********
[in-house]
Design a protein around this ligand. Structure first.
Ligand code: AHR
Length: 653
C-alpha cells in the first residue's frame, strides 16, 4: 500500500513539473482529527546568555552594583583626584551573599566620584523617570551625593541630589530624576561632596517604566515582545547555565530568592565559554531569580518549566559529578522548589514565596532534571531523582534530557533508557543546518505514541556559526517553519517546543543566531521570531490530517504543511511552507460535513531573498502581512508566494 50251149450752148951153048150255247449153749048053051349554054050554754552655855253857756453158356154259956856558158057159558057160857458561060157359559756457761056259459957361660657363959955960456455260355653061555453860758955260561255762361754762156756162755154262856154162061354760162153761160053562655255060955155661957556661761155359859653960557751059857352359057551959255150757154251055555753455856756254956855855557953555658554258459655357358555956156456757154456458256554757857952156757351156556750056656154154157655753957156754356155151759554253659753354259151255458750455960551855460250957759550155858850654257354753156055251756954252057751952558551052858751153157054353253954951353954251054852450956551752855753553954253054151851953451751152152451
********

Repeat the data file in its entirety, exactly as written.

[in-house]
Design a protein around this ligand. Structure first.
Ligand code: AHR
Length: 653
C-alpha cells in the first residue's frame, strides 16, 4: 500500500513539473482529527546568555552594583583626584551573599566620584523617570551625593541630589530624576561632596517604566515582545547555565530568592565559554531569580518549566559529578522548589514565596532534571531523582534530557533508557543546518505514541556559526517553519517546543543566531521570531490530517504543511511552507460535513531573498502581512508566494 50251149450752148951153048150255247449153749048053051349554054050554754552655855253857756453158356154259956856558158057159558057160857458561060157359559756457761056259459957361660657363959955960456455260355653061555453860758955260561255762361754762156756162755154262856154162061354760162153761160053562655255060955155661957556661761155359859653960557751059857352359057551959255150757154251055555753455856756254956855855557953555658554258459655357358555956156456757154456458256554757857952156757351156556750056656154154157655753957156754356155151759554253659753354259151255458750455960551855460250957759550155858850654257354753156055251756954252057751952558551052858751153157054353253954951353954251054852450956551752855753553954253054151851953451751152152451